It is highly unlikely everyone reading this will not know someone who has battled with some form of cancer in their lives.
But while we are familiar, through the brilliant work of doctors and some fantastic charities, with the symptoms of more common cancers, some of the rarer forms can often do undetected until it is too late.
We recently sat down with Gill Cole who, during the height of the pandemic, was diagnosed with ovarian cancer. This is her story.
‘I was diagnosed in October 2020 with ovarian cancer, which was the biggest shock of my life,’ Gill said.
‘Smack bang in the middle of the pandemic, this is dropped on you and it was just a reality check and from being in Noble’s Hospital and them diagnosing me and waiting to go for an operation in Liverpool, I had to go in December 2020, to Liverpool Women’s Hospital and they did a total, radical, hysterectomy on me.’
Ovarian cancer is not silent, it does has symptoms, but Gill had none of what are seen as ‘classic’ symptoms. These symptoms can include: Bloating, stomach pains, weeing more and struggling to eat.
But for Gill, who was doing fitness classes three times a week, she was lethargic and eventually had to go the doctors.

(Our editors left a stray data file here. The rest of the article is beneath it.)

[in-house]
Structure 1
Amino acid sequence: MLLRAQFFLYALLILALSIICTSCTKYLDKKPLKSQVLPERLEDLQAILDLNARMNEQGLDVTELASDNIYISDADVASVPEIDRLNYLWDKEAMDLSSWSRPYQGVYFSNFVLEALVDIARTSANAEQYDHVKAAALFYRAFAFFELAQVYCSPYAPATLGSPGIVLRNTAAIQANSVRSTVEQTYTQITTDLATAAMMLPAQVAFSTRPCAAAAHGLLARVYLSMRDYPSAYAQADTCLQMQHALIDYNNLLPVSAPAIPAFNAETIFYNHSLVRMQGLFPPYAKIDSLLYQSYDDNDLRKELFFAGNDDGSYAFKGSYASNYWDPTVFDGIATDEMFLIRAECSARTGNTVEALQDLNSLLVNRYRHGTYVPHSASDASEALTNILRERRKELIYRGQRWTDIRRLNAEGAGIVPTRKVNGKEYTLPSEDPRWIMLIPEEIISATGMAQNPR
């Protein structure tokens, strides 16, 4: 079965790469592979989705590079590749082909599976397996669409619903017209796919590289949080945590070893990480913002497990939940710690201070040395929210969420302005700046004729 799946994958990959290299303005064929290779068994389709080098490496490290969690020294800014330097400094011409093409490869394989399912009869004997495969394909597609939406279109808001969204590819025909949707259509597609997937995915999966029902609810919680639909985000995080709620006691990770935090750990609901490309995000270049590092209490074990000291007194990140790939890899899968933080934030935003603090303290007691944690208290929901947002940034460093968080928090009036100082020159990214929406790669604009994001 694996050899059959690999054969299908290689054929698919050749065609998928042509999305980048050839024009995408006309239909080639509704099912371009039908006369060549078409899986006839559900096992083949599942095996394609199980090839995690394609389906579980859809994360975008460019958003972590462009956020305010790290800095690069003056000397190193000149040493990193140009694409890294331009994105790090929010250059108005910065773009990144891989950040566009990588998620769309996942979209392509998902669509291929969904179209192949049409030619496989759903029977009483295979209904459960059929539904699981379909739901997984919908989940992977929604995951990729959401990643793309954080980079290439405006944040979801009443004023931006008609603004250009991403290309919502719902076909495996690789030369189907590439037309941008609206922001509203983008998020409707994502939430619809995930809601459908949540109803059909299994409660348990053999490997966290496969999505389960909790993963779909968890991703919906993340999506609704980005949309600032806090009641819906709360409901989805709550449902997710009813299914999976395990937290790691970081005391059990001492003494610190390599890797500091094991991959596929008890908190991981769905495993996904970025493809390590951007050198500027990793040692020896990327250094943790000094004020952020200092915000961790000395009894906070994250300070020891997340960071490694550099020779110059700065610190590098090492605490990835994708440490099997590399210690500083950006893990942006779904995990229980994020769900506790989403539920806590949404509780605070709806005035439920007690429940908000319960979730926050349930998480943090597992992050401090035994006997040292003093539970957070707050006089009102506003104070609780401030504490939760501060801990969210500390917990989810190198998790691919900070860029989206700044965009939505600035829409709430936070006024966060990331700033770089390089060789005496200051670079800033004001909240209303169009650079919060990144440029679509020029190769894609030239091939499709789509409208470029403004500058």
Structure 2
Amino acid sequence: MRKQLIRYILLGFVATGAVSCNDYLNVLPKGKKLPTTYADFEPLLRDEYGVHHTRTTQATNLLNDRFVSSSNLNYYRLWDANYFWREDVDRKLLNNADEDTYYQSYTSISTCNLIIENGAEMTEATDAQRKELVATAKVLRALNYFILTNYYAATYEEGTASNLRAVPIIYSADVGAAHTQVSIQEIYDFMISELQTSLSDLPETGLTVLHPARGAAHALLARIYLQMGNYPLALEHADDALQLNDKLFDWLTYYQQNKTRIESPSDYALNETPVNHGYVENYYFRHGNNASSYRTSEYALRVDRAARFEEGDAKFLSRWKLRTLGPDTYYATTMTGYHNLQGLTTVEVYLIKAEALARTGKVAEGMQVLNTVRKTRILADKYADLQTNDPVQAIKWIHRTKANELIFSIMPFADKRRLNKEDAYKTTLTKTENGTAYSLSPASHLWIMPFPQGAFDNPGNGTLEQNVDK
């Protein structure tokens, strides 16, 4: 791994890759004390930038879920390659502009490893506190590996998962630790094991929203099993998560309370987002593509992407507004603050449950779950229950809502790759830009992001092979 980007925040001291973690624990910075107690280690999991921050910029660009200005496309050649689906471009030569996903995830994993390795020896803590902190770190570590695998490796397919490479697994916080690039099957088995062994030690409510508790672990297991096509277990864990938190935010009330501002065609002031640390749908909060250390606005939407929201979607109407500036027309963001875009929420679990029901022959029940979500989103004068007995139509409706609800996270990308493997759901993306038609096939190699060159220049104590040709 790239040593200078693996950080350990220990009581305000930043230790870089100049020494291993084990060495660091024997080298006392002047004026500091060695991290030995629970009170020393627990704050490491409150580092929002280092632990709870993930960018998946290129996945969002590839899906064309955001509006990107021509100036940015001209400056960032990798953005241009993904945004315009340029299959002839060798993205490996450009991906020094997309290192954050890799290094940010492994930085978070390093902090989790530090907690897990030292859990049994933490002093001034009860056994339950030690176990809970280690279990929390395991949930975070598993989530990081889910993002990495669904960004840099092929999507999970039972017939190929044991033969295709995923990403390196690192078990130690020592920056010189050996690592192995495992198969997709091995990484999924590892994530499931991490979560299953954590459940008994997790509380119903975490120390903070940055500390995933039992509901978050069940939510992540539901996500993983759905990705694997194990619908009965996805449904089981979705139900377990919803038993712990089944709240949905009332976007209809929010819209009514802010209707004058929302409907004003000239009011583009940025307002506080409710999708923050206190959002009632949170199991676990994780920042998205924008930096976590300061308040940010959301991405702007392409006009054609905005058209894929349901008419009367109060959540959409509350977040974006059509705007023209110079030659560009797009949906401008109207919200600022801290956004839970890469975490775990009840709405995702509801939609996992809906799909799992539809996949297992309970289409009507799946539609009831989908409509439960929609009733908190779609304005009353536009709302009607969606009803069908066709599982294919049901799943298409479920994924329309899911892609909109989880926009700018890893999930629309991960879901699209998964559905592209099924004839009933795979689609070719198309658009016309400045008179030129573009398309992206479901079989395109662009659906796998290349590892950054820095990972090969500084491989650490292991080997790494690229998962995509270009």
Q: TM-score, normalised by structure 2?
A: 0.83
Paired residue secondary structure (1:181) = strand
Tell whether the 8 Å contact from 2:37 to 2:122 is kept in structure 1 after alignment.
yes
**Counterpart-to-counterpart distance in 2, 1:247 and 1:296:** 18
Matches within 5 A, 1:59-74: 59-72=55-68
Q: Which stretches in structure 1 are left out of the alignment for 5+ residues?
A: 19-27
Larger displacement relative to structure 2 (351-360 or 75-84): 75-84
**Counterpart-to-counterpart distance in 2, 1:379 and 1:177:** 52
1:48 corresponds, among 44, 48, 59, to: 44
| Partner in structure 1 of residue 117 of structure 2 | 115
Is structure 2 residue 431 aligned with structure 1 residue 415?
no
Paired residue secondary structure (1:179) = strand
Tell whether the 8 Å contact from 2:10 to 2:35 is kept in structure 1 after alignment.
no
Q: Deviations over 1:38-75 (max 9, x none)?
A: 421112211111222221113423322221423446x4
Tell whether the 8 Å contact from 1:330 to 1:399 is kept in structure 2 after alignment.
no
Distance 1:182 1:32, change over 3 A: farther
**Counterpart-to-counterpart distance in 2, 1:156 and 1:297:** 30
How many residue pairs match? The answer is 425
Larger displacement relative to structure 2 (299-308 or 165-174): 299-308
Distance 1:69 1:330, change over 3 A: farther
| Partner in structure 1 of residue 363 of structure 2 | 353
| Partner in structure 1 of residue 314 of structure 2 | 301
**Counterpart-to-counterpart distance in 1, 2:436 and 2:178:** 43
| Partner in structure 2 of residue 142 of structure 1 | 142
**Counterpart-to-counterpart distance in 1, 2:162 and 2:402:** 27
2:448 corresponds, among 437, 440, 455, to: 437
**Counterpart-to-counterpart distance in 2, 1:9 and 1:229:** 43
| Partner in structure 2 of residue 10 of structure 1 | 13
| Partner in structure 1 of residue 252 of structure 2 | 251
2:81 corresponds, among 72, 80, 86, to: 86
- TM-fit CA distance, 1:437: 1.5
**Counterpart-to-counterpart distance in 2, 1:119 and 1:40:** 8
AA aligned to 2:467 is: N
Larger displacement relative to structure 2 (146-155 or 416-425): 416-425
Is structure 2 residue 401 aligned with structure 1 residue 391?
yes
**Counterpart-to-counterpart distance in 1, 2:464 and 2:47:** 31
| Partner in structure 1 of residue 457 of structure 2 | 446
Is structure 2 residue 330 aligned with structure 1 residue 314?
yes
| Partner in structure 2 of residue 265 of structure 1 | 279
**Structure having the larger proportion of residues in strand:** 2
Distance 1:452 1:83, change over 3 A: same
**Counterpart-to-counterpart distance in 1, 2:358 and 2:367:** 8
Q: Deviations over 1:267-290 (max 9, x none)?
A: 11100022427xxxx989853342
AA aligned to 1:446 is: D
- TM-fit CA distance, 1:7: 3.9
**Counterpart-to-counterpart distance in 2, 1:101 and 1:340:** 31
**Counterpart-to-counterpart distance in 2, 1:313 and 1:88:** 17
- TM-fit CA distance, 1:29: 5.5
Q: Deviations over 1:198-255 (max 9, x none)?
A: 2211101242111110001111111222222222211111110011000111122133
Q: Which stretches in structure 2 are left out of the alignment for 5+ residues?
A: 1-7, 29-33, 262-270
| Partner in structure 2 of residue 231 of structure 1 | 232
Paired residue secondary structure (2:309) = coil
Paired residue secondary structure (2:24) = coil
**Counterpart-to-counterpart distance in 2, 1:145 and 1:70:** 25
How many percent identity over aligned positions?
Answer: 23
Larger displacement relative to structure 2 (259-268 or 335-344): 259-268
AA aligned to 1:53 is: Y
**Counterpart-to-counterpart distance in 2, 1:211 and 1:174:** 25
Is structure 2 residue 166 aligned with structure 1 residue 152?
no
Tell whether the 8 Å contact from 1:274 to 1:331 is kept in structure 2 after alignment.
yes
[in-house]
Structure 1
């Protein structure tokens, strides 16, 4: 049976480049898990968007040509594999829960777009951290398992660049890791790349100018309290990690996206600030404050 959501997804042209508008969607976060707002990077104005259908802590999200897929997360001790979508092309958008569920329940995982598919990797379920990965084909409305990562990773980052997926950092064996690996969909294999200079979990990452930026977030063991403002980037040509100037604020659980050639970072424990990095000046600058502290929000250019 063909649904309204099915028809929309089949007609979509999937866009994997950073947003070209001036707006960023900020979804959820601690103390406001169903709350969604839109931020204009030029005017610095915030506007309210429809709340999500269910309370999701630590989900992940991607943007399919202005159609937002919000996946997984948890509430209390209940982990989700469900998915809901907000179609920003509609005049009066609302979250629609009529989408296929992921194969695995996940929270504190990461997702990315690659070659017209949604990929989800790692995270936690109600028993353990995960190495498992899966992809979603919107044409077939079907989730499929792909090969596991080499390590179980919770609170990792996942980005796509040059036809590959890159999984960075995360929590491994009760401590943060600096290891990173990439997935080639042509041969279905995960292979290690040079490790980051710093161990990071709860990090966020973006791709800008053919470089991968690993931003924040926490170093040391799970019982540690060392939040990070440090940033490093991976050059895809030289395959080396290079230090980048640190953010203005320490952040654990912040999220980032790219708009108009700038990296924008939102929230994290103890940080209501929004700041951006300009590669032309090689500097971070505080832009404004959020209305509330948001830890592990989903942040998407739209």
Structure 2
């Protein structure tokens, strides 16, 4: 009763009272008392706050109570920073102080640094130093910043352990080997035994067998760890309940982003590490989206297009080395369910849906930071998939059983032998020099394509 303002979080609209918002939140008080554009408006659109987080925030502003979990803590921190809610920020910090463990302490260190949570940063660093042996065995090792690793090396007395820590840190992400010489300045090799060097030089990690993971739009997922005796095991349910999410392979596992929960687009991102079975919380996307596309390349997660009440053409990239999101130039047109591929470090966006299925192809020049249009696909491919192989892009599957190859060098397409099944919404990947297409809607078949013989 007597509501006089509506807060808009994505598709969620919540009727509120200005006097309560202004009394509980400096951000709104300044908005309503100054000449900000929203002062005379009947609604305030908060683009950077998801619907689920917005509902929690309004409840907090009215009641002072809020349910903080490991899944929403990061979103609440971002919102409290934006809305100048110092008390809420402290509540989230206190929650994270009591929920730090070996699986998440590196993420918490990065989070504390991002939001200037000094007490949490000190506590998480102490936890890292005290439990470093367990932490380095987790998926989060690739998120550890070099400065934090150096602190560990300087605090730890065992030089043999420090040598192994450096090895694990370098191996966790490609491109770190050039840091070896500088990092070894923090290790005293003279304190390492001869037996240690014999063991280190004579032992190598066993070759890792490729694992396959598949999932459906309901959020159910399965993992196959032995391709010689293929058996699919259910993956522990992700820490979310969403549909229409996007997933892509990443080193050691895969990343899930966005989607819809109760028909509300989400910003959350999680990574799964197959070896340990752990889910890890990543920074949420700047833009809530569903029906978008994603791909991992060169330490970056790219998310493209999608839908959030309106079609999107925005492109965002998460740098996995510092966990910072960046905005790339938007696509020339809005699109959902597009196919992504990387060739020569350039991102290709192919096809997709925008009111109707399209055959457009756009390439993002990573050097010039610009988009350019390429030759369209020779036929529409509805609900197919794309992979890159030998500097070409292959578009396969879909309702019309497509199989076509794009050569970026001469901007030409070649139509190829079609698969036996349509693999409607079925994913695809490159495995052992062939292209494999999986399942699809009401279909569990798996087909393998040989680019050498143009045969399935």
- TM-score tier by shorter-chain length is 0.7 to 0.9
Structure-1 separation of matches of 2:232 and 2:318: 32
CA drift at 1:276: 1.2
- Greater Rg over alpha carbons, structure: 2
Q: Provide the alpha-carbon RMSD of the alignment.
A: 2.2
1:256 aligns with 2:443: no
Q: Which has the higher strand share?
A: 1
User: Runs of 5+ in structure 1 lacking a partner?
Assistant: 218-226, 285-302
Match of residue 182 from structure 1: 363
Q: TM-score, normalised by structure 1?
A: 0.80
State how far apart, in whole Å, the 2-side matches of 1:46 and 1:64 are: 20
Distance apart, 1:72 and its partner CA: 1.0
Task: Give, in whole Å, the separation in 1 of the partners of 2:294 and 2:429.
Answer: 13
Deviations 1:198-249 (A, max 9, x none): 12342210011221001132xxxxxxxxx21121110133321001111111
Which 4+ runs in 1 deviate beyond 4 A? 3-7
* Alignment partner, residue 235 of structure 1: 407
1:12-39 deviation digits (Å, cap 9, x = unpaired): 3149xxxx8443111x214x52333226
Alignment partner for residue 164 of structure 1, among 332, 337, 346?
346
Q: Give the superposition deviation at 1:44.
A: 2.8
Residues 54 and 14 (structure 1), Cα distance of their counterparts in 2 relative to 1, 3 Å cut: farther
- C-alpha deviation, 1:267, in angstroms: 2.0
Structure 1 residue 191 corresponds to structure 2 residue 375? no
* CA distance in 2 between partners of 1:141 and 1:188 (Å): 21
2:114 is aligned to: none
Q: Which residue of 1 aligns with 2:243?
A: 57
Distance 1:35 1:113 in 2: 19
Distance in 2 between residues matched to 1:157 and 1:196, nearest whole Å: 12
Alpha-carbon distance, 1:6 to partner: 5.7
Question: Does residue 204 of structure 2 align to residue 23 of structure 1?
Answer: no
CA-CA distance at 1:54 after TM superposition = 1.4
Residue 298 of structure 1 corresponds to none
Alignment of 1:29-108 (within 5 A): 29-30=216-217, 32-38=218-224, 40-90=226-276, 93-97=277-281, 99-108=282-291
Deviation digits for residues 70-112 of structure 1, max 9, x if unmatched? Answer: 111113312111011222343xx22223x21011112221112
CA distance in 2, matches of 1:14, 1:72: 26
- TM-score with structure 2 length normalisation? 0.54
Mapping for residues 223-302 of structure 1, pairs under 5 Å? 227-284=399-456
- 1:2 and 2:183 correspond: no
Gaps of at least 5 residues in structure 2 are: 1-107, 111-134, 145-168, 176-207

When her blood results came back, they showed a raised marker ‘CA125’ which is an indication that can indicate ovarian cancer.
Fortunately for Gill, she has completed her chemotherapy treatment, but she wanted to share her experience of diagnosis and treatment.
She said: ‘My last visit with Clatterbridge was, “we’ll see you in six months, go life your life”, so it isn’t all doom and gloom. But you must be aware of what is going on in your body and also be aware that a cervical smear test, does not detect ovarian cancer.’
Sandy Denning, Executive Officer at Isle of Man Anti-Cancer Association, said that it is perfectly possible for a doctor to miss ovarian cancer as the symptoms can be misdiagnosed as something else.
She added: ‘With ovarian cancer, your symptoms will be there on a daily basis. Ovarian Cancer Action have a ver good diary that you can download and if you want to go see your GP and take that with you, you can say everyday I’ve had this, this and this and you can discuss that with your GP and could really help with getting a diagnosis.’